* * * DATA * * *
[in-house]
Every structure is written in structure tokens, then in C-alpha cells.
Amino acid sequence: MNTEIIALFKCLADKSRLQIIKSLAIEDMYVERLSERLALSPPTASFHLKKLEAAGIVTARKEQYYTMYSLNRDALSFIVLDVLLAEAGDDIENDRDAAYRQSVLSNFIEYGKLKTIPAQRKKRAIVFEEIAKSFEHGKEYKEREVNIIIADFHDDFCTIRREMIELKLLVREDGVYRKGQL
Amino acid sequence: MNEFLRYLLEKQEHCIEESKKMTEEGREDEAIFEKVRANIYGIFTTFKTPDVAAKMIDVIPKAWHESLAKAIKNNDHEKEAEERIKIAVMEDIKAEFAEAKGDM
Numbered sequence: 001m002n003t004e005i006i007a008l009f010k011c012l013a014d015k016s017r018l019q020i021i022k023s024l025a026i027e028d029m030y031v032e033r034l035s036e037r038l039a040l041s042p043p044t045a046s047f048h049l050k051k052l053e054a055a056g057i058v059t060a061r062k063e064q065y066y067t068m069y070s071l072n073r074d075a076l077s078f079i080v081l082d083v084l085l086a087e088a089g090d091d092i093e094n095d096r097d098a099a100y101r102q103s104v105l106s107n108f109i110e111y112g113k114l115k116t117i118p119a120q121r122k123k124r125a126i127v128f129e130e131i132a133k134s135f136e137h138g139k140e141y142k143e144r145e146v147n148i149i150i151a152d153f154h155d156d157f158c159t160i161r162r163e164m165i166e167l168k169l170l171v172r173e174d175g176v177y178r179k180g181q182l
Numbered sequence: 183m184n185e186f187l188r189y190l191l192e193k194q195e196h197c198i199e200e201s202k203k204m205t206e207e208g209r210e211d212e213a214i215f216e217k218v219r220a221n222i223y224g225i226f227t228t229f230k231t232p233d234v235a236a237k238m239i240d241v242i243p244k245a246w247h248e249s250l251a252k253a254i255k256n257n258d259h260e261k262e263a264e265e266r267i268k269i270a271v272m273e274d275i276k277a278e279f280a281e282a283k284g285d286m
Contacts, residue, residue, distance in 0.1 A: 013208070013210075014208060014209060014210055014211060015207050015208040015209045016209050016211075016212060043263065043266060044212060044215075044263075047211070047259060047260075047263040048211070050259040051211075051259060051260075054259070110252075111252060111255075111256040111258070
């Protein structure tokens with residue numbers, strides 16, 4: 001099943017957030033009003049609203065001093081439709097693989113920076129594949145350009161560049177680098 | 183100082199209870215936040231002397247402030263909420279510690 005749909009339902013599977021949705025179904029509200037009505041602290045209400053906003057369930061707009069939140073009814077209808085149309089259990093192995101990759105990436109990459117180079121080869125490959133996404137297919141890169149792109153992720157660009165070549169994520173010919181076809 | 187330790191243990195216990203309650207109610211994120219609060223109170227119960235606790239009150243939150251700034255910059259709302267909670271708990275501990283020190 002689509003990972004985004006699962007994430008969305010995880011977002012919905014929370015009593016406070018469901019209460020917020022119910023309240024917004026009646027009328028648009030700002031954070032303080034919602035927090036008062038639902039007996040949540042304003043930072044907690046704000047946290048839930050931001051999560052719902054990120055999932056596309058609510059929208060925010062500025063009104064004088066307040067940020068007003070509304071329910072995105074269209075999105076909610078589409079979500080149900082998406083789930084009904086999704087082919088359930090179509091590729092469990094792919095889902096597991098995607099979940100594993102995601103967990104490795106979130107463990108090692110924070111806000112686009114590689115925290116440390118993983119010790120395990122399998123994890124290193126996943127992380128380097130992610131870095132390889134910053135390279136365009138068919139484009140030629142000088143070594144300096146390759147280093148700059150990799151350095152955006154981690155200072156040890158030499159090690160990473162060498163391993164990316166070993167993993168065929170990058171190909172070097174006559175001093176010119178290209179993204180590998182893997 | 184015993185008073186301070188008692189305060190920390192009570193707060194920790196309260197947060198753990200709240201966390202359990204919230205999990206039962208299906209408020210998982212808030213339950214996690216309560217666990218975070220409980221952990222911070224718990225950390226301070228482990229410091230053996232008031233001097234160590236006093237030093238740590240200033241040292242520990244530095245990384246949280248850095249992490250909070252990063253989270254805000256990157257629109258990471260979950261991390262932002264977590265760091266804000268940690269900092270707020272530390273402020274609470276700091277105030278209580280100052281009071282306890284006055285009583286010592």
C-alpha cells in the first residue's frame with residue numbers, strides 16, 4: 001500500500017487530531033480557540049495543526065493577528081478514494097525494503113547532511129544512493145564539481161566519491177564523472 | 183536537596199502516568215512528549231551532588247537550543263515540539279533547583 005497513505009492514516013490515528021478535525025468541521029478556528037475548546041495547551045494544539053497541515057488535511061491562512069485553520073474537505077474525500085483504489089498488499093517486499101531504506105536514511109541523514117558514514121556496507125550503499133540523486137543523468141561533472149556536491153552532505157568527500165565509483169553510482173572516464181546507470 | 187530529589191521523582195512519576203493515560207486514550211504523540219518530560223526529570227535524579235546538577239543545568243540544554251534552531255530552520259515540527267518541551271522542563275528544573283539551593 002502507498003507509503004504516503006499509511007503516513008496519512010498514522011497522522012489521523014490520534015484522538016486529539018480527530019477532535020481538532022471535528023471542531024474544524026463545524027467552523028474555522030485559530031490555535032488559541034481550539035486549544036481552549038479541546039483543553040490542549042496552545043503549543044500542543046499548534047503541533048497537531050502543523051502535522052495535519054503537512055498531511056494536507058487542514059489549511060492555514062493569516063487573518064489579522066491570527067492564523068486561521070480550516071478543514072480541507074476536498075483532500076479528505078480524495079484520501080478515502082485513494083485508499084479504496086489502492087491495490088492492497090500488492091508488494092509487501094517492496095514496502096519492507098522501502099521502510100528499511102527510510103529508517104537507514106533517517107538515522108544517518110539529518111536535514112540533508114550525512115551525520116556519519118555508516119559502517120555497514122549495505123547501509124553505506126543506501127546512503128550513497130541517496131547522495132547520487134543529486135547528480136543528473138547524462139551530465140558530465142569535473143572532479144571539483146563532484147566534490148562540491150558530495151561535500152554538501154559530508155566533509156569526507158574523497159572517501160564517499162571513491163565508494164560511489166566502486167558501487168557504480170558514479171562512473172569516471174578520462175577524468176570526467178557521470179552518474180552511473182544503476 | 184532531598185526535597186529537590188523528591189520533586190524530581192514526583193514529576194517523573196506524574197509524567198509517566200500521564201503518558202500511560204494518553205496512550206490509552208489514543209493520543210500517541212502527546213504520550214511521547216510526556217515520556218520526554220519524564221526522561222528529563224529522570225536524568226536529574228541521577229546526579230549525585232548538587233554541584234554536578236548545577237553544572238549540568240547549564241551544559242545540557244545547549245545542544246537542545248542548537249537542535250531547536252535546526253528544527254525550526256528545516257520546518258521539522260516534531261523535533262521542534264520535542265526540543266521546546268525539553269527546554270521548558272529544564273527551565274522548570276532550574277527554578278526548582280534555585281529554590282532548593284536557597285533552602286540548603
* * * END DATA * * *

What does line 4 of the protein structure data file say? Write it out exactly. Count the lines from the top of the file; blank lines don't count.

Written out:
Amino acid sequence: MNEFLRYLLEKQEHCIEESKKMTEEGREDEAIFEKVRANIYGIFTTFKTPDVAAKMIDVIPKAWHESLAKAIKNNDHEKEAEERIKIAVMEDIKAEFAEAKGDM